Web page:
Like many directors, William Friedkin is fed up with trying to get his work seen in a cinema landscape that only values blockbuster spectacles. “I don’t want to make a feature film, because I don’t want to make a movie about a guy in a mask and a spandex suit flying around and saving the world,” Friedkin says in a new interview with Movies.com. “And if you do make a serious film today, the chances are it won’t have a bright future in theaters.”
Also like so many of his colleagues, Friedkin is combatting this by turning to TV. “The only thing I’m interested in now is long form, which is what you’d call television,” he says, citing Fargo and The Normal Heart as examples of how the small screen has eclipsed the big one artistically. This would explain his openness to “long-form” TV adaptations of his films To Live And Die In L.A. and Killer Joe; Friedkin says both are currently being developed for TV, and although neither will follow the same storyline as the films they’re based on, each will retain the “vibe” of the original.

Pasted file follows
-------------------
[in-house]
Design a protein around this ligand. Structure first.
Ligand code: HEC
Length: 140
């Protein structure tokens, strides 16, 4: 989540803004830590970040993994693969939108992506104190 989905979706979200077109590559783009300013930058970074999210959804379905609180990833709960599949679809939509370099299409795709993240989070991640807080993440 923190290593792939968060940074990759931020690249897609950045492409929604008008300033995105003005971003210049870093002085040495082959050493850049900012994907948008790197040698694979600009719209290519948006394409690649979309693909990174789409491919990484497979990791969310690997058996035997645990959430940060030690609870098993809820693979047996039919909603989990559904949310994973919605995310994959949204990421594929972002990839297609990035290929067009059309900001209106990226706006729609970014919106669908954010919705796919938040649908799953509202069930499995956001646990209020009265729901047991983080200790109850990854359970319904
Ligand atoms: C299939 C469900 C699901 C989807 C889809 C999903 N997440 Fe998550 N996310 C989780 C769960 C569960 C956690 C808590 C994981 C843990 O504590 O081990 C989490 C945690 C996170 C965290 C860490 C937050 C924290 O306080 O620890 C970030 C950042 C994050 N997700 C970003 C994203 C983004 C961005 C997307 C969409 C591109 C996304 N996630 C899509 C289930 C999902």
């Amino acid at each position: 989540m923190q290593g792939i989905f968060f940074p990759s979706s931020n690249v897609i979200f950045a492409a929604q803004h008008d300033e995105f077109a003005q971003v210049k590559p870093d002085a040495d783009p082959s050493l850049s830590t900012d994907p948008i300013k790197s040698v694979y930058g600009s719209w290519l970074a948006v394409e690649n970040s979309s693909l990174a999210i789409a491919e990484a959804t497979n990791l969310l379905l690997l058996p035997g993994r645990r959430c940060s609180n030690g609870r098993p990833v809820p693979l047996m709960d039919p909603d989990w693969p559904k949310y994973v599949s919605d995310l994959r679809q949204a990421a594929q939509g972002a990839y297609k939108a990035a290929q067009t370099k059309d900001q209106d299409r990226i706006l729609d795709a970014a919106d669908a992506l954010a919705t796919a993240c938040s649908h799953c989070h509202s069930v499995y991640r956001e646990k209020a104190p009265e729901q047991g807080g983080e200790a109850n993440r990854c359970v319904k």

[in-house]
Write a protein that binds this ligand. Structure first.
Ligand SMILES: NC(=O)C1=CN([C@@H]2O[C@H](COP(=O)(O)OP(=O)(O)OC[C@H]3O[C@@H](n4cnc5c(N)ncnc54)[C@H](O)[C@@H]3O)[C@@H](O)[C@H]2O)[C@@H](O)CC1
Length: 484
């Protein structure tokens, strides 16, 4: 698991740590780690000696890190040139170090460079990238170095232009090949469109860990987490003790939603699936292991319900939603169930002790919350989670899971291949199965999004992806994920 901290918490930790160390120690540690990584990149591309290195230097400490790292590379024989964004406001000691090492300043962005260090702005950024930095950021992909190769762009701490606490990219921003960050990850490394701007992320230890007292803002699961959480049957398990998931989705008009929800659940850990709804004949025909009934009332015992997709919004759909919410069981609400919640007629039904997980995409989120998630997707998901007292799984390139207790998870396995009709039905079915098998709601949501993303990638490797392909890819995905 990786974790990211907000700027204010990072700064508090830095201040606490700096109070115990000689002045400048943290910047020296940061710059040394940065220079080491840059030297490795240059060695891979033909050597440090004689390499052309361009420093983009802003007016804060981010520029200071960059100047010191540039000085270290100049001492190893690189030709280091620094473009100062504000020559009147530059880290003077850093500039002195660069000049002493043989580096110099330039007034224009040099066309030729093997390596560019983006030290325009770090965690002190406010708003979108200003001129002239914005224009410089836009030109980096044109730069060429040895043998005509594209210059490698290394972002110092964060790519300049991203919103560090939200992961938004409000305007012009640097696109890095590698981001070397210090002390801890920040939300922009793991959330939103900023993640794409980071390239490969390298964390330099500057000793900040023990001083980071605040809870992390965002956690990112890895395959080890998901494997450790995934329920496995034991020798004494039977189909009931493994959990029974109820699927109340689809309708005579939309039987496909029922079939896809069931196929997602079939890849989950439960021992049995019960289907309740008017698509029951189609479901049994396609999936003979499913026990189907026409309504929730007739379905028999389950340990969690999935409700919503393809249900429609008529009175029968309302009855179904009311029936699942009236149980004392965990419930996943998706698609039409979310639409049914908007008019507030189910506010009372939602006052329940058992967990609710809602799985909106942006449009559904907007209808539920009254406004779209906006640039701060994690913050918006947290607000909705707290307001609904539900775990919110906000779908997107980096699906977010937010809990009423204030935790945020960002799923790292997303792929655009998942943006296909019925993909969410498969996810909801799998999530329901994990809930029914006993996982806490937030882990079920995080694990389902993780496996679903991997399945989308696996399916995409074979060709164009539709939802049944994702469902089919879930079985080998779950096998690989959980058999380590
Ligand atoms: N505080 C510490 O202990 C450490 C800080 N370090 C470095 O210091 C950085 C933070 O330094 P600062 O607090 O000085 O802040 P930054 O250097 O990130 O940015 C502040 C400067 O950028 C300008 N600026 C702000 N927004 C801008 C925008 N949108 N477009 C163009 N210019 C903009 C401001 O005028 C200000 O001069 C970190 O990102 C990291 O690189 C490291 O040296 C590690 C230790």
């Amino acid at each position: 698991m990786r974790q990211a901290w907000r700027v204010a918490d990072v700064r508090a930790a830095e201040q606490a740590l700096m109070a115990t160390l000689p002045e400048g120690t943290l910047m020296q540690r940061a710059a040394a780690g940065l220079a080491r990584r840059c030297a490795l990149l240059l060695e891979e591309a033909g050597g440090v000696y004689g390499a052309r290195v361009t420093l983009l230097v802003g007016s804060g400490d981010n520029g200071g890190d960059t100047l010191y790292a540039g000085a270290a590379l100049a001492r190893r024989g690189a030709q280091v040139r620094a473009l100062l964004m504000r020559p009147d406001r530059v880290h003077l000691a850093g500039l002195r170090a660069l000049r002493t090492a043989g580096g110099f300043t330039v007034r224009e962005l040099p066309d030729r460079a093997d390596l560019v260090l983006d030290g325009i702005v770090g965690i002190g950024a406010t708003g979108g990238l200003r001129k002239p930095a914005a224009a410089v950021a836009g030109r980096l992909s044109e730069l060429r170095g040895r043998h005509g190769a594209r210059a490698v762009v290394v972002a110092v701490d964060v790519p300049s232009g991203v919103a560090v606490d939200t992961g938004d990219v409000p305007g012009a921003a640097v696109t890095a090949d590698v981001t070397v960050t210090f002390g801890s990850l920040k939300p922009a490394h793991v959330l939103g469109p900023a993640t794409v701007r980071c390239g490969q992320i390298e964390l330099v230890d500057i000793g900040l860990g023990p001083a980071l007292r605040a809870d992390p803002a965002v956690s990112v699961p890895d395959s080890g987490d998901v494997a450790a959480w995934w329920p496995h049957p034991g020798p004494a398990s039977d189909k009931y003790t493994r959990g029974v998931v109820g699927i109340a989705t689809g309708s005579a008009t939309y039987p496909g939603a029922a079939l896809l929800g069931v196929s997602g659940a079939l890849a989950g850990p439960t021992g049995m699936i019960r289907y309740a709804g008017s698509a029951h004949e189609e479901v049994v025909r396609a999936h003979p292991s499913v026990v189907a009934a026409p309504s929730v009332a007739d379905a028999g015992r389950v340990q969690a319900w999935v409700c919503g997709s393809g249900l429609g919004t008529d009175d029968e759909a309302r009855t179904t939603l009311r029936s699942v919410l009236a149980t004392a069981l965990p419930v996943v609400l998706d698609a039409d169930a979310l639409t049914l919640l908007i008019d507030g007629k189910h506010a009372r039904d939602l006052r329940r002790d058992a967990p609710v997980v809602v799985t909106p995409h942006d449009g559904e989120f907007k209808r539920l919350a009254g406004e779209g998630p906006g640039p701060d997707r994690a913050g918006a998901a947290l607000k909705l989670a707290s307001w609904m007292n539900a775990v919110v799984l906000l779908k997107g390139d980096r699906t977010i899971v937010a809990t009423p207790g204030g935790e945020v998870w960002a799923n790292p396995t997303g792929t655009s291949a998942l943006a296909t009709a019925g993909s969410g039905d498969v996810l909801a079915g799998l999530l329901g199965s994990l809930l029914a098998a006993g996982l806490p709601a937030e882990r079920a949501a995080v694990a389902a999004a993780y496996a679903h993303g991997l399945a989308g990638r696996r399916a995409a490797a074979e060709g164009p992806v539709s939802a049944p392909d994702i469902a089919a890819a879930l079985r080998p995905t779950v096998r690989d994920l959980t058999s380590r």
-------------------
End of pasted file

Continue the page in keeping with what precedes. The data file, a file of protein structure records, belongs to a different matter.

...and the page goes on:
As for his personal involvement, Friedkin says he may direct the pilot for To Live And Die In L.A., but only if he likes the script. Details on Killer Joe are still sketchy, but Friedkin does suggest that the series, about “a Dallas detective who is a hired killer,” will be “very edgy.”
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